Students and faculty took advantage of the College’s first January Term to immerse themselves in innovative learning projects, including woodworking.
During the three-week J-Term, 176 students took part in 62 different activities – 14 off-campus projects with 10 of those outside the U.S., nine on-campus seminars, 24 independent study and group projects, and 15 internships.
Professor of English Jim Hood ’79 led the on-campus project Woodworking & Furniture History.
Eight students researched and made presentations about a furniture style or maker, and visited two furniture museums. They also applied themselves to woodworking itself using saws, planes, chisels and other tools in Hege-Cox Hall.
“There’s really a strong emphasis on experiential learning in the J-Term, so I wanted to do something tangible and visceral,” Jim said. “I’ve been a woodworker for about 30 years as a hobbyist, and I thought I’d give other people a chance to experience that.”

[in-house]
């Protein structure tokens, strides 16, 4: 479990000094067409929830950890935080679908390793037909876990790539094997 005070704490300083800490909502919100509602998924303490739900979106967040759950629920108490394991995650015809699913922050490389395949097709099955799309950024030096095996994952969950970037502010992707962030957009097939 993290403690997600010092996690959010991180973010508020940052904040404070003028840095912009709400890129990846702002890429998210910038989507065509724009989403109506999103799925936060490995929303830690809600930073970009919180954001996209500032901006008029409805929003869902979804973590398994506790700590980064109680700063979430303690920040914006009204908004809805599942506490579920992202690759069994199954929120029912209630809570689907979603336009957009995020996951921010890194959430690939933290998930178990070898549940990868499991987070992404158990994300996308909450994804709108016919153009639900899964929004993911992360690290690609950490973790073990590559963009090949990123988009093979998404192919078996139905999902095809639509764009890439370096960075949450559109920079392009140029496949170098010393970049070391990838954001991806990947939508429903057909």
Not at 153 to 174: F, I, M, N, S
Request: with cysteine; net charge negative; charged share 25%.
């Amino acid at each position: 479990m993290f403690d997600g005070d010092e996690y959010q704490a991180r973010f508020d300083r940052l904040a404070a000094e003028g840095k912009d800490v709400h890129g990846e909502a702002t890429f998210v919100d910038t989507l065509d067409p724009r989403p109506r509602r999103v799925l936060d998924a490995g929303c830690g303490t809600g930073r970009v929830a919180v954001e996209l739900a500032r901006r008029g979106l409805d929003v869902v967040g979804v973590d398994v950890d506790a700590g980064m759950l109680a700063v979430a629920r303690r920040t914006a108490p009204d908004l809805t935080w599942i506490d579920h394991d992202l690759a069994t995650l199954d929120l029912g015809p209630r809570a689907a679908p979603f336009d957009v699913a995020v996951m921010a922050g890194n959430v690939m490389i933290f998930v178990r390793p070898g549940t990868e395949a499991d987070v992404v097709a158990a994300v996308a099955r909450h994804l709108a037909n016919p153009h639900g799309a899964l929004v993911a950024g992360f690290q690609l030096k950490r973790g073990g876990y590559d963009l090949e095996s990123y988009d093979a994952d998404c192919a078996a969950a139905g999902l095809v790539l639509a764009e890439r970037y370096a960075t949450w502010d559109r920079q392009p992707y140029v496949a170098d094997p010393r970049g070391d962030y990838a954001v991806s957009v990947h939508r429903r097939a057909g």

Ivey Long ’13 was among Jim’s students.
“The experience has been fantastic,” she said. “I’ve most enjoyed the process of watching everything come together so nicely – it’s really exciting to attach pieces for the first time – on my own project and on other people’s.”
One of the strengths of the J-Term format is the rare opportunity it provides to focus on a single subject, according to both Jim and Ivey.
“Furniture is really in the background of our lives,” Jim said. “It’s just kind of functional. I think it’s important to develop an appreciation for things in the background of our lives, and to take the time to focus in on things of which we are generally unaware.”
The three weeks were a welcome change of pace from the frequently frantic fall and spring semesters, Ivey said.
“This J-Term has been quiet and relaxing, which gave me a lot of time to focus solely on my project,” she said. “I’ve enjoyed the low-stress environment on campus, and having my time structured in the same way every day is very refreshing.”
Story by David Pferdekamper ’12